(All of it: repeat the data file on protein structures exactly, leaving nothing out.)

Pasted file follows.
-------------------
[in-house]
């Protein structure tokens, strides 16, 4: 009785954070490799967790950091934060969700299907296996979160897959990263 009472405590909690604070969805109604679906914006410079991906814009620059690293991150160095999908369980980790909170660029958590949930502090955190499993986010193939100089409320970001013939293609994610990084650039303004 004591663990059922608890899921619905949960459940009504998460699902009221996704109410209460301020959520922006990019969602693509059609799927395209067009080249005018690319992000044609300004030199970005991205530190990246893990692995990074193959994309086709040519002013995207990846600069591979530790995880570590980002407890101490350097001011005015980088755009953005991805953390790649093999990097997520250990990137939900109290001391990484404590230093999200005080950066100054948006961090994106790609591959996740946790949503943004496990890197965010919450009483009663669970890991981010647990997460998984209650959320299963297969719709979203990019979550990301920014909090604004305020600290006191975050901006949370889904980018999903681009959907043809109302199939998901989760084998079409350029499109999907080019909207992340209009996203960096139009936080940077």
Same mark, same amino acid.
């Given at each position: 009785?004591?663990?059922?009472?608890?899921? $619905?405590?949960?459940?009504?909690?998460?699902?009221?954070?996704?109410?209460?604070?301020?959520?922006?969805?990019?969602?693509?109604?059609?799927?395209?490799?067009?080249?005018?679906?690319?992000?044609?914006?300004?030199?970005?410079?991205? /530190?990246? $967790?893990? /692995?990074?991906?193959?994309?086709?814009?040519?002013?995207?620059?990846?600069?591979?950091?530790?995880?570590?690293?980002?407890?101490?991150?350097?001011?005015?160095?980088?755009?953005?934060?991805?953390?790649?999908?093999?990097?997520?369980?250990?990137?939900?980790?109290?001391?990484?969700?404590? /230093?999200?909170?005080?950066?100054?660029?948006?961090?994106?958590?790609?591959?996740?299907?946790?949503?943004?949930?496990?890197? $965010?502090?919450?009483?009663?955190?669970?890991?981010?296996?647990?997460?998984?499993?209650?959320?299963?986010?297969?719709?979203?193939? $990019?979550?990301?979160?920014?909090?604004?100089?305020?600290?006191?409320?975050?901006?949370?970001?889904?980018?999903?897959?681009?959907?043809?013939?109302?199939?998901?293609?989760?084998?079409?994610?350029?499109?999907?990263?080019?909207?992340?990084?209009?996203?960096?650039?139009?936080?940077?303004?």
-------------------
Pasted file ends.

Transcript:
[in-house]
């Protein structure tokens, strides 16, 4: 009785954070490799967790950091934060969700299907296996979160897959990263 009472405590909690604070969805109604679906914006410079991906814009620059690293991150160095999908369980980790909170660029958590949930502090955190499993986010193939100089409320970001013939293609994610990084650039303004 004591663990059922608890899921619905949960459940009504998460699902009221996704109410209460301020959520922006990019969602693509059609799927395209067009080249005018690319992000044609300004030199970005991205530190990246893990692995990074193959994309086709040519002013995207990846600069591979530790995880570590980002407890101490350097001011005015980088755009953005991805953390790649093999990097997520250990990137939900109290001391990484404590230093999200005080950066100054948006961090994106790609591959996740946790949503943004496990890197965010919450009483009663669970890991981010647990997460998984209650959320299963297969719709979203990019979550990301920014909090604004305020600290006191975050901006949370889904980018999903681009959907043809109302199939998901989760084998079409350029499109999907080019909207992340209009996203960096139009936080940077």
Same mark, same amino acid.
């Given at each position: 009785?004591?663990?059922?009472?608890?899921? $619905?405590?949960?459940?009504?909690?998460?699902?009221?954070?996704?109410?209460?604070?301020?959520?922006?969805?990019?969602?693509?109604?059609?799927?395209?490799?067009?080249?005018?679906?690319?992000?044609?914006?300004?030199?970005?410079?991205? /530190?990246? $967790?893990? /692995?990074?991906?193959?994309?086709?814009?040519?002013?995207?620059?990846?600069?591979?950091?530790?995880?570590?690293?980002?407890?101490?991150?350097?001011?005015?160095?980088?755009?953005?934060?991805?953390?790649?999908?093999?990097?997520?369980?250990?990137?939900?980790?109290?001391?990484?969700?404590? /230093?999200?909170?005080?950066?100054?660029?948006?961090?994106?958590?790609?591959?996740?299907?946790?949503?943004?949930?496990?890197? $965010?502090?919450?009483?009663?955190?669970?890991?981010?296996?647990?997460?998984?499993?209650?959320?299963?986010?297969?719709?979203?193939? $990019?979550?990301?979160?920014?909090?604004?100089?305020?600290?006191?409320?975050?901006?949370?970001?889904?980018?999903?897959?681009?959907?043809?013939?109302?199939?998901?293609?989760?084998?079409?994610?350029?499109?999907?990263?080019?909207?992340?990084?209009?996203?960096?650039?139009?936080?940077?303004?």